Newman has over 60 pieces of art on display throughout the building. Much of it has been donated to Newman; some of it is on loan. All the locations have been carefully selected to enhance the works of art and to enliven the halls and gathering spaces.
Our first series will be on the works of John August Swanson. Newman has seven of Swanson’s works: The Story of Joseph (1986), The River (1987), Festival of Lights (1991), Jonah (1995), The Great Catch (1993), Abraham and Isaac (1995), and Ecclesiastes Chapter 3.
Here is an excerpt from Swanson’s website:
“John August Swanson’s art reflects the strong heritage of storytelling he inherited from his Mexican mother and Swedish father. John Swanson’s narrative is direct and easily understood. He addresses himself to human values, cultural roots, and his quest for self-discovery through visual images. These include Bible stories and social celebrations such as attending the circus, the concert, and the opera. He also tells of everyday existence, of city and country walks, of visits to the library, the train station or the schoolroom. All his parables optimistically embrace life and one’s spiritual transformation.”
During the month of July, our featured Serigraph is “Festival of Lights, 1991.” This image can be found on the first floor at Newman, in the Hecker Room. Please ask for directions at the front desk.
Artist’s notes about the image (found on his website):
This image of the Festival of Lights was painted in 1991. Through the years, many people asked me if it would ever be printed as a serigraph. In October of 1999 in collaboration with Aurora Serigraphics I began making the serigraph. The work has proceeded over these last months and we are now finished. I have developed the image from the painting and made changes. The technique of printing layers of alternating opaque and transparent colors has given the colors more intensity and added more details. The serigraph has slowly developed over these months into a work that is based on the painting but unique in its own way. I drew a stencil for each of the 46 colors printed.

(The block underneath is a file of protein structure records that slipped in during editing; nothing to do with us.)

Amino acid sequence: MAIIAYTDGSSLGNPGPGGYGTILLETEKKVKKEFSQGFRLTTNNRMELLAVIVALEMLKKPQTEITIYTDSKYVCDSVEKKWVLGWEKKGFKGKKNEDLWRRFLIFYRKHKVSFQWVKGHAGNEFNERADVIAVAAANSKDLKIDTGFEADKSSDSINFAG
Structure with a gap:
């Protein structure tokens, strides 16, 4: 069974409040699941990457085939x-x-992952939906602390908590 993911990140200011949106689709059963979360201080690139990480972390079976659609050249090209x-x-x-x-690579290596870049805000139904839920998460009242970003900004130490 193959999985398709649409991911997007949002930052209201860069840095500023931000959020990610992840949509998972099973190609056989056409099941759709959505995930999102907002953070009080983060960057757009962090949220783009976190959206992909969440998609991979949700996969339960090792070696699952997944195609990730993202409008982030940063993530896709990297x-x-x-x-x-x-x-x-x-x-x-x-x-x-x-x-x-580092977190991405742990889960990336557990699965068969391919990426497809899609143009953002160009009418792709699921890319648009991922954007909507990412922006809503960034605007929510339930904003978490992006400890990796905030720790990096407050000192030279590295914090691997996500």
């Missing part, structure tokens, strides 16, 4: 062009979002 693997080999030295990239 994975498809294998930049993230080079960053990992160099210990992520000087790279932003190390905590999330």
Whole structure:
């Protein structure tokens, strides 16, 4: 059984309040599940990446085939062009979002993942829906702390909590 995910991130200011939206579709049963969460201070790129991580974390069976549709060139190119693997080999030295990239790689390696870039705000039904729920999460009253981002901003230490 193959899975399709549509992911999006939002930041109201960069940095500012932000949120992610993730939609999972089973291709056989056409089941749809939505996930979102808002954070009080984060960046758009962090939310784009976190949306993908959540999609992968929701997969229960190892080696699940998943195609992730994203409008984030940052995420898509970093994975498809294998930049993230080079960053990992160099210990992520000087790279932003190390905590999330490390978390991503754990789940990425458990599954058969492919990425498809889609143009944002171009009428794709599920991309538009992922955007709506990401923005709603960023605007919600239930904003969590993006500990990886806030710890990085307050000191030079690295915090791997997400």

Here are some of my thoughts about this image:
It is a dark night with a star-filled sky. Tiny lights are seen on the distant hillsides, gradually becoming figures carrying candles as they come closer to the foreground of the painting.
Since 1967, the beginning of my work in art, I began making sketches of marches and processions in many forms and contexts. This image of the FESTIVAL OF LIGHTS began developing in the last four years.
I thought about liturgical processions I had seen. I remembered walking with groups in candlelight for peace in Central America. The symbol of candles shining in the dark night is powerful to me. Star-filled nights are images that help give me a sense of the place we are in the universe.
My original thought was that this would be a procession of children from every city and town. The children would bring light and peace to the world. They would gather from many places, joining an unending procession towards peace and nonviolence for all children of the world.
-John August Swanson
Click here to see the process that was used to create the serigraph for the “Festival of Lights.”